|I found the yellow band and threw it in the trash.|
I recently watched Stop At Nothing: The Lance Armstrong Story and was saddened by the mountain of evidence that Lance had not only repeatedly lied, but slandered and maliciously destroyed those who would speak against him.
Far from a kid who had grown up in bad circumstances and succumbed to the pressure of international athletic competition, Armstrong was shown as a ruthless sociopath who would stop at nothing to increase his fame and fortune.
I personally felt betrayed as I wanted so much to believe the story -- through mental toughness and determination Armstrong came back from cancer and won an unprecedented number of bike races. All of it a lie.
Further disheartening is that there is circumstantial evidence that Armstrong gave himself cancer by ingesting a horrific amount of steroids, testosterone, cortisone, growth hormone, and EPO early in his career.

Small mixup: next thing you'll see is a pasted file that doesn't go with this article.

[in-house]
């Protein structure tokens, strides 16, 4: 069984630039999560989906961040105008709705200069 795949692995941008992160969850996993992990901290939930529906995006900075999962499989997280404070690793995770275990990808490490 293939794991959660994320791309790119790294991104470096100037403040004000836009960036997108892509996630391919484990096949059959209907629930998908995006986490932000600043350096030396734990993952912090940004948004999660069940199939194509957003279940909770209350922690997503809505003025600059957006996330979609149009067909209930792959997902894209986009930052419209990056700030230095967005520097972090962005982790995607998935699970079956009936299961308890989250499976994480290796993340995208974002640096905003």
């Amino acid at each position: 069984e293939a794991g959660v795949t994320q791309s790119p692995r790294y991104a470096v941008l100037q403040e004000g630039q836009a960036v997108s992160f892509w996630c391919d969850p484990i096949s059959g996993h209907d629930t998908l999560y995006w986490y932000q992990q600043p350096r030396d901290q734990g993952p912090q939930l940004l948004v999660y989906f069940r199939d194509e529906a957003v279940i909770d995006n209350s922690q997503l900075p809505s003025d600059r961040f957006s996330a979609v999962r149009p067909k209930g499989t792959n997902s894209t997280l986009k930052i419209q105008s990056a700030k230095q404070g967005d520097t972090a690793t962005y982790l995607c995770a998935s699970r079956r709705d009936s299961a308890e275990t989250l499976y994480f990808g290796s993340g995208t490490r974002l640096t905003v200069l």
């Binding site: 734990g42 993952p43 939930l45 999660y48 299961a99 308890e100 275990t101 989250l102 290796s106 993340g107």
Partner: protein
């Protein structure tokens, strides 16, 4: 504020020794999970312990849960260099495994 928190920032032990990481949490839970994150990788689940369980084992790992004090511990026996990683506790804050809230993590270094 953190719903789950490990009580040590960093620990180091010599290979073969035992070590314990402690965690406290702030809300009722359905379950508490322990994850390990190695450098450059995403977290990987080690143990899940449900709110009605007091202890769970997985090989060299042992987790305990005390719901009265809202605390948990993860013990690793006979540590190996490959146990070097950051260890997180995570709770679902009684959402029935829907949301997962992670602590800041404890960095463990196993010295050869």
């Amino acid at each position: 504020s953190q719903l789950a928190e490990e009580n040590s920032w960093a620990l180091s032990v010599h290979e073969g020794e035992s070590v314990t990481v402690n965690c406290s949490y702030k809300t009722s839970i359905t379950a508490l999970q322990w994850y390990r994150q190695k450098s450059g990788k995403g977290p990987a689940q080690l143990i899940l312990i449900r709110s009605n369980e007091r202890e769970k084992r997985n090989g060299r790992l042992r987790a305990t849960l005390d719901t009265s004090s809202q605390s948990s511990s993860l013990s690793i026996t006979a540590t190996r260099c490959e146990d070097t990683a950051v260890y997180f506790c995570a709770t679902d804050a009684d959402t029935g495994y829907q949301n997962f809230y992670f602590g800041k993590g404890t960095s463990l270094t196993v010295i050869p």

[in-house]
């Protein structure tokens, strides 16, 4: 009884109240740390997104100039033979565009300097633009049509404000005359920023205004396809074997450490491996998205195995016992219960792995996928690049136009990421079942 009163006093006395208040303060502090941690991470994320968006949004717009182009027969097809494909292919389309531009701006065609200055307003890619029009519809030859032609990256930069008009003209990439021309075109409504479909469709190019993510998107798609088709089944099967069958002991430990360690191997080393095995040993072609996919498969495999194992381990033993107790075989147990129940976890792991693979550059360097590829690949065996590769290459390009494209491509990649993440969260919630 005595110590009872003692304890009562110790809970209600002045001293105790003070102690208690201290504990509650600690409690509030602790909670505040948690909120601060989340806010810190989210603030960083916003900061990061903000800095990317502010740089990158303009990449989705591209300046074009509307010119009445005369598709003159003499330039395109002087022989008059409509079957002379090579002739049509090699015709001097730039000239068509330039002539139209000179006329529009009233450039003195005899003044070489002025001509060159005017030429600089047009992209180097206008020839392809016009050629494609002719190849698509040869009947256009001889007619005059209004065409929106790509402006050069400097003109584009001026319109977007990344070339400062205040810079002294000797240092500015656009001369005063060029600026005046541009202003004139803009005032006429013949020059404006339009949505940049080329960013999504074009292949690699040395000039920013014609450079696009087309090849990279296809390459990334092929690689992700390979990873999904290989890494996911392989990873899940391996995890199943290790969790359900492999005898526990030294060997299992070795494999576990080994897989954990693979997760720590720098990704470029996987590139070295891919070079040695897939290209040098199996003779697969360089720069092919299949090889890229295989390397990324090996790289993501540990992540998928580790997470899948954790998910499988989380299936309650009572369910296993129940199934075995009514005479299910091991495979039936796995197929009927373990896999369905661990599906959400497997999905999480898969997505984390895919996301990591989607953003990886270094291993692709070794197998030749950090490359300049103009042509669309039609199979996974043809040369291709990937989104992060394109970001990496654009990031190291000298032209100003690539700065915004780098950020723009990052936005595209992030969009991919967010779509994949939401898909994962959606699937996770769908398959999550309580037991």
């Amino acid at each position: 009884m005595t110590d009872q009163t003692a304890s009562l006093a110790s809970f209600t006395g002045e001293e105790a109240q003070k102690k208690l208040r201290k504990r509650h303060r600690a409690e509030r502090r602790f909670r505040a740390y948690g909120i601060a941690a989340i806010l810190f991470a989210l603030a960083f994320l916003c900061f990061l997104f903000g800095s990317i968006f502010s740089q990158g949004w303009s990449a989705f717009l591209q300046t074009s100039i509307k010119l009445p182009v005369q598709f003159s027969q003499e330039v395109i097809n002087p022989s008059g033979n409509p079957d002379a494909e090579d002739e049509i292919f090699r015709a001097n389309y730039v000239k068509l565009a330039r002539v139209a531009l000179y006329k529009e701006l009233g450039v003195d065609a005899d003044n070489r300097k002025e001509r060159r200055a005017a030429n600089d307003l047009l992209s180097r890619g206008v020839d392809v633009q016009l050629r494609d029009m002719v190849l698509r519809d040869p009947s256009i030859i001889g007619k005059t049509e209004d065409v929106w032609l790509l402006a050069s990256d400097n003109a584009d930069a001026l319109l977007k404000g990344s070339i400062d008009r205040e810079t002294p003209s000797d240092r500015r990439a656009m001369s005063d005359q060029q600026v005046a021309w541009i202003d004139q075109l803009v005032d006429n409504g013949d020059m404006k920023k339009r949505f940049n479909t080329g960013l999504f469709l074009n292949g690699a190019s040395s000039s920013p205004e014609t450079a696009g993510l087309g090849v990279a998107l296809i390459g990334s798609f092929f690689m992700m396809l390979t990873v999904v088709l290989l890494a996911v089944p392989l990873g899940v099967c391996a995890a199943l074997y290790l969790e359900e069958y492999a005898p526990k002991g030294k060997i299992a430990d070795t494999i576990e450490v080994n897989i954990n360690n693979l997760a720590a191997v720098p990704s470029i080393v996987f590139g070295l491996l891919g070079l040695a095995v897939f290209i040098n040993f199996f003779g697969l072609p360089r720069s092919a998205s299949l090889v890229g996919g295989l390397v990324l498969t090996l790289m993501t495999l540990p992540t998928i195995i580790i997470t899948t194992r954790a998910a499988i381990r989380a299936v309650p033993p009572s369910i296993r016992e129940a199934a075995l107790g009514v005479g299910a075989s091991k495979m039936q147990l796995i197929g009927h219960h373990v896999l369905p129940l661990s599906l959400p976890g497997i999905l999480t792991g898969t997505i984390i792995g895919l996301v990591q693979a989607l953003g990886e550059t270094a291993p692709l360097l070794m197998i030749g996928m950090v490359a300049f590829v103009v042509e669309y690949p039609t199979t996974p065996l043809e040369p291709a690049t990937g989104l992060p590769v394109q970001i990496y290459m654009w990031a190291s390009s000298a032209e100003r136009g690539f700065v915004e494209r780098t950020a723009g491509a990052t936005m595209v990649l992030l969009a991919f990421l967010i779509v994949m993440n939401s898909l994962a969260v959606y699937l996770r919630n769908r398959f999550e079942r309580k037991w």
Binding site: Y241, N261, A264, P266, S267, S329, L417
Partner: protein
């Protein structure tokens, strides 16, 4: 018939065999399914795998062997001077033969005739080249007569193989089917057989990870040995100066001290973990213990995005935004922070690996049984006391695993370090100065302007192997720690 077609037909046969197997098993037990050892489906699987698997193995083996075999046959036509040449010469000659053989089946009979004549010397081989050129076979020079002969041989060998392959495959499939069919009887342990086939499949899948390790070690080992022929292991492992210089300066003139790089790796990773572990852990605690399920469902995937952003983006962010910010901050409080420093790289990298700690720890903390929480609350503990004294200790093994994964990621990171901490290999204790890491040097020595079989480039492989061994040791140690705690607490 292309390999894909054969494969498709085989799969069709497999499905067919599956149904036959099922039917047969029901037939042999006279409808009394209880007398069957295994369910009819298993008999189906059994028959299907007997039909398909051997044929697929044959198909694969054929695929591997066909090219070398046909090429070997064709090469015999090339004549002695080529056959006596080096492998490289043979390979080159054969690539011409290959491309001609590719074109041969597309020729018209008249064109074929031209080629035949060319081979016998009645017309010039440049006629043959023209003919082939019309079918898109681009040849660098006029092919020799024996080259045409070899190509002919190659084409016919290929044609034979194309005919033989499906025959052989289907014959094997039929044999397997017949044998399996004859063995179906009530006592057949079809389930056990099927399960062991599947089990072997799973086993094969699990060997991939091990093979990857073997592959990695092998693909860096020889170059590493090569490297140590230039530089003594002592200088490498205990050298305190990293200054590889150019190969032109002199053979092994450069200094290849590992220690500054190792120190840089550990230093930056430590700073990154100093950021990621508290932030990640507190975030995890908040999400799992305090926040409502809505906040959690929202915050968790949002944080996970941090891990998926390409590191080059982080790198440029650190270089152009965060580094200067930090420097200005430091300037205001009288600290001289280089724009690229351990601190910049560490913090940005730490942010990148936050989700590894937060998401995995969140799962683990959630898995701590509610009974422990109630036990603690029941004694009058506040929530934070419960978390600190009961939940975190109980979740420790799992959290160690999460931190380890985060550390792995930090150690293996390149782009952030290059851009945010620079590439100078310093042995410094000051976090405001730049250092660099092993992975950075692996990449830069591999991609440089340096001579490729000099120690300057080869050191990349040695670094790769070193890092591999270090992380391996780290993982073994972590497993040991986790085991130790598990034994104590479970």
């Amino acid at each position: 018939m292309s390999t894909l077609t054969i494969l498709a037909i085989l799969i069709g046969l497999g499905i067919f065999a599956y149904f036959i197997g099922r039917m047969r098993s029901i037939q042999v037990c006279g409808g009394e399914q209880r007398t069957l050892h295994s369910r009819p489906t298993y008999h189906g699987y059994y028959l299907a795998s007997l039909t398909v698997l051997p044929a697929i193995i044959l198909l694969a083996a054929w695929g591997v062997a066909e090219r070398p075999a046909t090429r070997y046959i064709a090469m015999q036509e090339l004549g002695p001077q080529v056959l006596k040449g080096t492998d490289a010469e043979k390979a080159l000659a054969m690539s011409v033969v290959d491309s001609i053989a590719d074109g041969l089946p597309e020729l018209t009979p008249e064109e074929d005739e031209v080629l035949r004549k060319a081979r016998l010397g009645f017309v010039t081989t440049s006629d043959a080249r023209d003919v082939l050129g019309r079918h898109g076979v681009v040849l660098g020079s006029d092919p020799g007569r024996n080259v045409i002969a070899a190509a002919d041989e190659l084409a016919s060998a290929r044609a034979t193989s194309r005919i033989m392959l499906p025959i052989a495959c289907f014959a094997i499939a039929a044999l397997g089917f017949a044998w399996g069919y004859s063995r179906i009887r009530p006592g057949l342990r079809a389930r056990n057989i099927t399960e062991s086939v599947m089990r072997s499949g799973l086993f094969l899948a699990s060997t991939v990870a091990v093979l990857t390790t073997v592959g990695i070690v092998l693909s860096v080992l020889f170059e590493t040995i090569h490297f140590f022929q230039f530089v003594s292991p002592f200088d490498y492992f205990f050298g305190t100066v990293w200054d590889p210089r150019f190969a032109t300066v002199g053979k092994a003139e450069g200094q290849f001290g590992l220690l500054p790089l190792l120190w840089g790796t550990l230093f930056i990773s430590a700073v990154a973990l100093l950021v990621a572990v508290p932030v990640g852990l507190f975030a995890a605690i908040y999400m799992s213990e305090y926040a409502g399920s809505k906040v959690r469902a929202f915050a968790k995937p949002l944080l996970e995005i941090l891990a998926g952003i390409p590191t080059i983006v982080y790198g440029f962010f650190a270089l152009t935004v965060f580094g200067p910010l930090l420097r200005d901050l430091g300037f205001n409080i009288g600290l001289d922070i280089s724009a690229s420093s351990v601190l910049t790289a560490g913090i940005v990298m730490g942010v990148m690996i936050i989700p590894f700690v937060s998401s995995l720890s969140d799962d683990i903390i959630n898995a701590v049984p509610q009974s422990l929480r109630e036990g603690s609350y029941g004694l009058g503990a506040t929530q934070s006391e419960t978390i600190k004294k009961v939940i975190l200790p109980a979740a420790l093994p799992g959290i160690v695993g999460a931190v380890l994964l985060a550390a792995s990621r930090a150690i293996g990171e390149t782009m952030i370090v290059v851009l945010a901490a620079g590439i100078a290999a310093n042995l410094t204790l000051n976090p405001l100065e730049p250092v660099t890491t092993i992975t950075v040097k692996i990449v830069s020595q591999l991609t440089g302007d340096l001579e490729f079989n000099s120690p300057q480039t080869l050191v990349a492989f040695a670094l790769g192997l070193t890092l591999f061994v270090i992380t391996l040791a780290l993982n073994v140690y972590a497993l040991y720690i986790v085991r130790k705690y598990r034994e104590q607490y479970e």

The film hints that Armstrong's political connections got him out of an FBI investigation, suggesting that people at all levels wanted the story to be true, wanted Lance to be the real Superman who saves America from the French and other unredeemed Europeans.
The film proves the theory of American exceptionalism, but not in the way we would like.
The truth is painful, but ultimately we need to find our heroes closer to home and a bit more humble.